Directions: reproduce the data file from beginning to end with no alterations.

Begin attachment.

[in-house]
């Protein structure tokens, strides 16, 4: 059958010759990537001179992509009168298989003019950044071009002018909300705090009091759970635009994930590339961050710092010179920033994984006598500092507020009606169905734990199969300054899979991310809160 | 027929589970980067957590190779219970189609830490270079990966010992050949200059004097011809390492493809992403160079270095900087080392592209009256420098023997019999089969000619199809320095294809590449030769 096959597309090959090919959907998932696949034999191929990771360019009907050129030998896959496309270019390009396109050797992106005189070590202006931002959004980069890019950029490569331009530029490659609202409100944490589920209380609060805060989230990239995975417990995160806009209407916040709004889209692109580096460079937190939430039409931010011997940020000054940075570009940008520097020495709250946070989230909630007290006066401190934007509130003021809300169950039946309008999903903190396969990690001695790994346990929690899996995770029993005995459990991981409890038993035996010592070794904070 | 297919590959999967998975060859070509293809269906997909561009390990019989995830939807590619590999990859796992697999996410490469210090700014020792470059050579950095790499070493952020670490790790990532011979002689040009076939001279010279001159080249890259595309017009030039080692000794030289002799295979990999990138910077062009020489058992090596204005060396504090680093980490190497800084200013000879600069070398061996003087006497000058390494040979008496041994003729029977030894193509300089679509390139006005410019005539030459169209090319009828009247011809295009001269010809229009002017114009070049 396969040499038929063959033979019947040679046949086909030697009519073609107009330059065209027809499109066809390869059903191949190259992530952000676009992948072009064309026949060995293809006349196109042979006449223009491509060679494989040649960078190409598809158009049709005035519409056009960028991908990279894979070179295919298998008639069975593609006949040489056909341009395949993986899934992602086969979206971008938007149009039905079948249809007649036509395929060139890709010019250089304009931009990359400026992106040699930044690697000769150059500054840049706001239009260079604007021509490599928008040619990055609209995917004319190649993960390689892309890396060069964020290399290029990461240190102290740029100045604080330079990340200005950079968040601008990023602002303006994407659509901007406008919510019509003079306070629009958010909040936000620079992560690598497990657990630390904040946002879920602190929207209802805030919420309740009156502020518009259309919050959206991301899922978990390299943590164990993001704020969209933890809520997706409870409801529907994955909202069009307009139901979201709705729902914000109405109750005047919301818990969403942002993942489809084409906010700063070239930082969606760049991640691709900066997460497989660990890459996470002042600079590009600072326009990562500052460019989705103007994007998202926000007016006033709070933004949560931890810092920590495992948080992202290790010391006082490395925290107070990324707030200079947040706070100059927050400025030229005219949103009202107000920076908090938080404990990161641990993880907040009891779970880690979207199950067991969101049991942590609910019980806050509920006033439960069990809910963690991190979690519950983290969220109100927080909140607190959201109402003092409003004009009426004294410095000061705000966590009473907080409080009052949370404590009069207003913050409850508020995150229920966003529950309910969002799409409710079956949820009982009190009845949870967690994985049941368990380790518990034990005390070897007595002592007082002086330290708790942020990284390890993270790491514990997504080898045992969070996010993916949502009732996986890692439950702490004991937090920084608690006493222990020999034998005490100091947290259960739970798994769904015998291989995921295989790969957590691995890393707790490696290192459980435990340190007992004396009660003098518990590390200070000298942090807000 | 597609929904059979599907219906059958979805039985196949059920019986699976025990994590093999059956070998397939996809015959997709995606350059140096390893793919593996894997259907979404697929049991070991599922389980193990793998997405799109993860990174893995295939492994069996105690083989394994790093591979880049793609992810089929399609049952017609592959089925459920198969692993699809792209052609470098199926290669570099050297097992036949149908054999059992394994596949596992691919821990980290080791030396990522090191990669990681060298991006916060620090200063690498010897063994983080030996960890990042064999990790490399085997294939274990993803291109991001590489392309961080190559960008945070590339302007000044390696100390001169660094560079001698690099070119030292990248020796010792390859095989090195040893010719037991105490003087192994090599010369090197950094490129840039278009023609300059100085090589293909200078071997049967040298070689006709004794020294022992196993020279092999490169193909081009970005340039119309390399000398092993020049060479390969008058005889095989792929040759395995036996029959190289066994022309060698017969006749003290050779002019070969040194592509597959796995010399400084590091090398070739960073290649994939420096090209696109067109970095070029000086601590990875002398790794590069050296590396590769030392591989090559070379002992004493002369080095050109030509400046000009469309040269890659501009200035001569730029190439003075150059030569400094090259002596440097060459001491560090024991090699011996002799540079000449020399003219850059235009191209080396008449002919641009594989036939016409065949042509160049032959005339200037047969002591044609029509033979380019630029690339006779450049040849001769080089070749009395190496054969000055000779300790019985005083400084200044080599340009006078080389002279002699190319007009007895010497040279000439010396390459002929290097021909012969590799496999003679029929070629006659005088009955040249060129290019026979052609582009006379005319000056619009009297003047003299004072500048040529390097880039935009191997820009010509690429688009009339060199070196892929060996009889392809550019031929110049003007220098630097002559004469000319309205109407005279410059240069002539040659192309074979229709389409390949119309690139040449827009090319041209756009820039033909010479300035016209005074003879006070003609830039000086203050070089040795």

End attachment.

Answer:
[in-house]
């Protein structure tokens, strides 16, 4: 059958010759990537001179992509009168298989003019950044071009002018909300705090009091759970635009994930590339961050710092010179920033994984006598500092507020009606169905734990199969300054899979991310809160 | 027929589970980067957590190779219970189609830490270079990966010992050949200059004097011809390492493809992403160079270095900087080392592209009256420098023997019999089969000619199809320095294809590449030769 096959597309090959090919959907998932696949034999191929990771360019009907050129030998896959496309270019390009396109050797992106005189070590202006931002959004980069890019950029490569331009530029490659609202409100944490589920209380609060805060989230990239995975417990995160806009209407916040709004889209692109580096460079937190939430039409931010011997940020000054940075570009940008520097020495709250946070989230909630007290006066401190934007509130003021809300169950039946309008999903903190396969990690001695790994346990929690899996995770029993005995459990991981409890038993035996010592070794904070 | 297919590959999967998975060859070509293809269906997909561009390990019989995830939807590619590999990859796992697999996410490469210090700014020792470059050579950095790499070493952020670490790790990532011979002689040009076939001279010279001159080249890259595309017009030039080692000794030289002799295979990999990138910077062009020489058992090596204005060396504090680093980490190497800084200013000879600069070398061996003087006497000058390494040979008496041994003729029977030894193509300089679509390139006005410019005539030459169209090319009828009247011809295009001269010809229009002017114009070049 396969040499038929063959033979019947040679046949086909030697009519073609107009330059065209027809499109066809390869059903191949190259992530952000676009992948072009064309026949060995293809006349196109042979006449223009491509060679494989040649960078190409598809158009049709005035519409056009960028991908990279894979070179295919298998008639069975593609006949040489056909341009395949993986899934992602086969979206971008938007149009039905079948249809007649036509395929060139890709010019250089304009931009990359400026992106040699930044690697000769150059500054840049706001239009260079604007021509490599928008040619990055609209995917004319190649993960390689892309890396060069964020290399290029990461240190102290740029100045604080330079990340200005950079968040601008990023602002303006994407659509901007406008919510019509003079306070629009958010909040936000620079992560690598497990657990630390904040946002879920602190929207209802805030919420309740009156502020518009259309919050959206991301899922978990390299943590164990993001704020969209933890809520997706409870409801529907994955909202069009307009139901979201709705729902914000109405109750005047919301818990969403942002993942489809084409906010700063070239930082969606760049991640691709900066997460497989660990890459996470002042600079590009600072326009990562500052460019989705103007994007998202926000007016006033709070933004949560931890810092920590495992948080992202290790010391006082490395925290107070990324707030200079947040706070100059927050400025030229005219949103009202107000920076908090938080404990990161641990993880907040009891779970880690979207199950067991969101049991942590609910019980806050509920006033439960069990809910963690991190979690519950983290969220109100927080909140607190959201109402003092409003004009009426004294410095000061705000966590009473907080409080009052949370404590009069207003913050409850508020995150229920966003529950309910969002799409409710079956949820009982009190009845949870967690994985049941368990380790518990034990005390070897007595002592007082002086330290708790942020990284390890993270790491514990997504080898045992969070996010993916949502009732996986890692439950702490004991937090920084608690006493222990020999034998005490100091947290259960739970798994769904015998291989995921295989790969957590691995890393707790490696290192459980435990340190007992004396009660003098518990590390200070000298942090807000 | 597609929904059979599907219906059958979805039985196949059920019986699976025990994590093999059956070998397939996809015959997709995606350059140096390893793919593996894997259907979404697929049991070991599922389980193990793998997405799109993860990174893995295939492994069996105690083989394994790093591979880049793609992810089929399609049952017609592959089925459920198969692993699809792209052609470098199926290669570099050297097992036949149908054999059992394994596949596992691919821990980290080791030396990522090191990669990681060298991006916060620090200063690498010897063994983080030996960890990042064999990790490399085997294939274990993803291109991001590489392309961080190559960008945070590339302007000044390696100390001169660094560079001698690099070119030292990248020796010792390859095989090195040893010719037991105490003087192994090599010369090197950094490129840039278009023609300059100085090589293909200078071997049967040298070689006709004794020294022992196993020279092999490169193909081009970005340039119309390399000398092993020049060479390969008058005889095989792929040759395995036996029959190289066994022309060698017969006749003290050779002019070969040194592509597959796995010399400084590091090398070739960073290649994939420096090209696109067109970095070029000086601590990875002398790794590069050296590396590769030392591989090559070379002992004493002369080095050109030509400046000009469309040269890659501009200035001569730029190439003075150059030569400094090259002596440097060459001491560090024991090699011996002799540079000449020399003219850059235009191209080396008449002919641009594989036939016409065949042509160049032959005339200037047969002591044609029509033979380019630029690339006779450049040849001769080089070749009395190496054969000055000779300790019985005083400084200044080599340009006078080389002279002699190319007009007895010497040279000439010396390459002929290097021909012969590799496999003679029929070629006659005088009955040249060129290019026979052609582009006379005319000056619009009297003047003299004072500048040529390097880039935009191997820009010509690429688009009339060199070196892929060996009889392809550019031929110049003007220098630097002559004469000319309205109407005279410059240069002539040659192309074979229709389409390949119309690139040449827009090319041209756009820039033909010479300035016209005074003879006070003609830039000086203050070089040795």